In addition to the personal uses of mobile money systems, the same have been used in the efficient and affordable point of sale purchases. The use of mobile payments in supermarkets and shopping malls has increased in recent years in the developing world pointing to the growing penetration of mobile money systems. Moreover, mobile money systems are further used in consumer to business payments using the mobile devices. The emergence of this use of mobile devices is effective in transactions in remote locations where carrying large sums of money is risky (Aker, 2010). Further, mobile money systems are also used to pay for utilities and necessities in remote locations such as electricity and water bills.

In the developed world, there is already an access to established electronic systems of payments. The use of smart phones to wire payments through such applications as the NFC in the developed world has gained traction in recent years. Moreover, the people have inclined towards the use of mobile internet technology in making payments for the utilities such as house rents and parking fees. Traditional mobile payment methods such as PayPal continue to gain relevance in the developed world whereby consumers can link their bank accounts to the PayPal accounts. The use of PayPal largely restricted to online transactions and purchases and is viewed as a safe way of making transactions. The use of contactless methods such as NFC continues to provide an alternative method of making payments without having to use the more risky card payment method.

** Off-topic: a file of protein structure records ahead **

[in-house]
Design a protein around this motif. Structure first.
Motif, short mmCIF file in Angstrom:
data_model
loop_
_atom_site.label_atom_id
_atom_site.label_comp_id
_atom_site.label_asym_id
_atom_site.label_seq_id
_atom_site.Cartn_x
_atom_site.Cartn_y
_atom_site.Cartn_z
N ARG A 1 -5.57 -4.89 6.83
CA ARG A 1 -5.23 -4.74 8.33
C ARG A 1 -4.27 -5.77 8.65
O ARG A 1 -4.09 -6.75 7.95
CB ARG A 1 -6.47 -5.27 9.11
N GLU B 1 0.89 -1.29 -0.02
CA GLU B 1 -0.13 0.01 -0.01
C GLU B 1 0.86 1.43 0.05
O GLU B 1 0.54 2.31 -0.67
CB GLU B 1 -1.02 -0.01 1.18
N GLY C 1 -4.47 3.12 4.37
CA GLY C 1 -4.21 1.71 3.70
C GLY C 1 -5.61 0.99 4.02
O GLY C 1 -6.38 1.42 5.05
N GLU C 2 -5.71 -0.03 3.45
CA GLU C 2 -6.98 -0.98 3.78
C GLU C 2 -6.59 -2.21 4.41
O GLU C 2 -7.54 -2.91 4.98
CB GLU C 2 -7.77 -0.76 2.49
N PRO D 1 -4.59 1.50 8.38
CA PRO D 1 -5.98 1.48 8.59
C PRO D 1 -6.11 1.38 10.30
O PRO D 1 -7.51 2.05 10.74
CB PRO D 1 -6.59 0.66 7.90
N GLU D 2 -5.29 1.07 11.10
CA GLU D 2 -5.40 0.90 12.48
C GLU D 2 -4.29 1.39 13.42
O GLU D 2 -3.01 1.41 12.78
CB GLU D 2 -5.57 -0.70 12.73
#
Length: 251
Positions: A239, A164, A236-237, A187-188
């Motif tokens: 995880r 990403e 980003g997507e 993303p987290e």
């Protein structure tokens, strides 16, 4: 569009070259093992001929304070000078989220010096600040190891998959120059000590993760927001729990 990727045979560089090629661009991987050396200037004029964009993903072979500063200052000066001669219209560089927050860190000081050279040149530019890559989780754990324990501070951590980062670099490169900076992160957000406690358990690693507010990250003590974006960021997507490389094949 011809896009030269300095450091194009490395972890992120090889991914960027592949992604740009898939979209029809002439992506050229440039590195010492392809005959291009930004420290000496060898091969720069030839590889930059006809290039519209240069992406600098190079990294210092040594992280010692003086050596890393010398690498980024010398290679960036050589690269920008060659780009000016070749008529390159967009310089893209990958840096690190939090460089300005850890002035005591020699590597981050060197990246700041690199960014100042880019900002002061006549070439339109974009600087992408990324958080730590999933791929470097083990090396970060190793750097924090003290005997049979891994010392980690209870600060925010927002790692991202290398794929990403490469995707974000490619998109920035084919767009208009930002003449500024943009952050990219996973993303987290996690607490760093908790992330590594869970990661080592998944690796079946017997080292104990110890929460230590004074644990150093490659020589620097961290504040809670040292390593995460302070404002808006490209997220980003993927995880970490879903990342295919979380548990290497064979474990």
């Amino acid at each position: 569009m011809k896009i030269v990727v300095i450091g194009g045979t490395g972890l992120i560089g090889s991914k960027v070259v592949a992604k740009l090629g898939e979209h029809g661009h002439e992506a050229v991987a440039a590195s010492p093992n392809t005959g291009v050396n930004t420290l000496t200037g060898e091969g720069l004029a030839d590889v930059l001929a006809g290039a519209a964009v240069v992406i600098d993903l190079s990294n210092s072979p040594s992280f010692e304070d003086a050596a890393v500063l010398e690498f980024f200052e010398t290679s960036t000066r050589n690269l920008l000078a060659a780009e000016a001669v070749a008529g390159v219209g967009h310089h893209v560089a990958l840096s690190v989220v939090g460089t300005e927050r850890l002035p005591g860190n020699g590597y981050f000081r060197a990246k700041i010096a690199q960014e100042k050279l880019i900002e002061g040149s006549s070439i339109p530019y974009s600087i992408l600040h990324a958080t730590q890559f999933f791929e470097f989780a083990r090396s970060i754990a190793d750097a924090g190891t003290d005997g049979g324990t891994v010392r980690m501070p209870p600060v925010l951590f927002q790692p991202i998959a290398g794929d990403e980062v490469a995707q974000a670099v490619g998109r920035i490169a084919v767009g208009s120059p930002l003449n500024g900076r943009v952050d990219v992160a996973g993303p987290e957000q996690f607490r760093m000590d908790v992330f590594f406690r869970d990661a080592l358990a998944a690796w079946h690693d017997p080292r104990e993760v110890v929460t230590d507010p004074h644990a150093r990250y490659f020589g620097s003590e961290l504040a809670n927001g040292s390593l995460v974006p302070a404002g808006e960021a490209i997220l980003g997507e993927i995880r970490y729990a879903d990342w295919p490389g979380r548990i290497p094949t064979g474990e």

The trend towards mobile payments has increased the competition among service providers thus increasing the value that consumers get from such developments. In addition, the use of mobile payments requires that service providers put in place safety measures to avert the risks of tapping and hacking of systems by malicious users. Consumers are much more likely to incline towards system providers that provide the highest value benefit while safeguarding the security of their transactions. The emergence and uptake of mobile payments is a positive sign for competition as it provides alternative platforms for financial transactions. In such cases, the financial institutions are kept on toes due to the competition that prevails when mobile payments are at play.

The fact that mobile phones are more accessible than other forms of payments makes them an ideal bet in terms of financial transactions. The implication of having mobile payments taking over the financial markets is positive to both the businesses and consumers (OECD, 2012). The consumers have the advantage of an efficient mode of payment for their purchases. Essentially, the consumers can order for goods while at the comfort of their homes and make payments while awaiting their delivery. A negative implication of the use of mobile payments is the vulnerability to security breaches and the consumers may be exposed to fraud. Hacking of the systems is an increasing threat in the use of both mobile and internet money systems raising concern over the use of such systems. The business community also benefits from efficient payment methods through the advancement of mobile payments. Transactions are equally fast therefore making sales more effective.



Aker, J. C., & Mbiti, I. M. (2010). Mobile phones and economic development in Africa. Center for Global Development Working Paper, (211).

Frederick, L. I. (2014). Impact of Mobile Money Usage on Microenterprise Evidence from Zambia.

Aker, J. C. (2010). Information from markets near and far: Mobile phones and agricultural markets in Niger. American Economic Journal: Applied Economics, 2(3), 46-59.

OECD Economic Surveys. (2012). Paris: OECD Pub.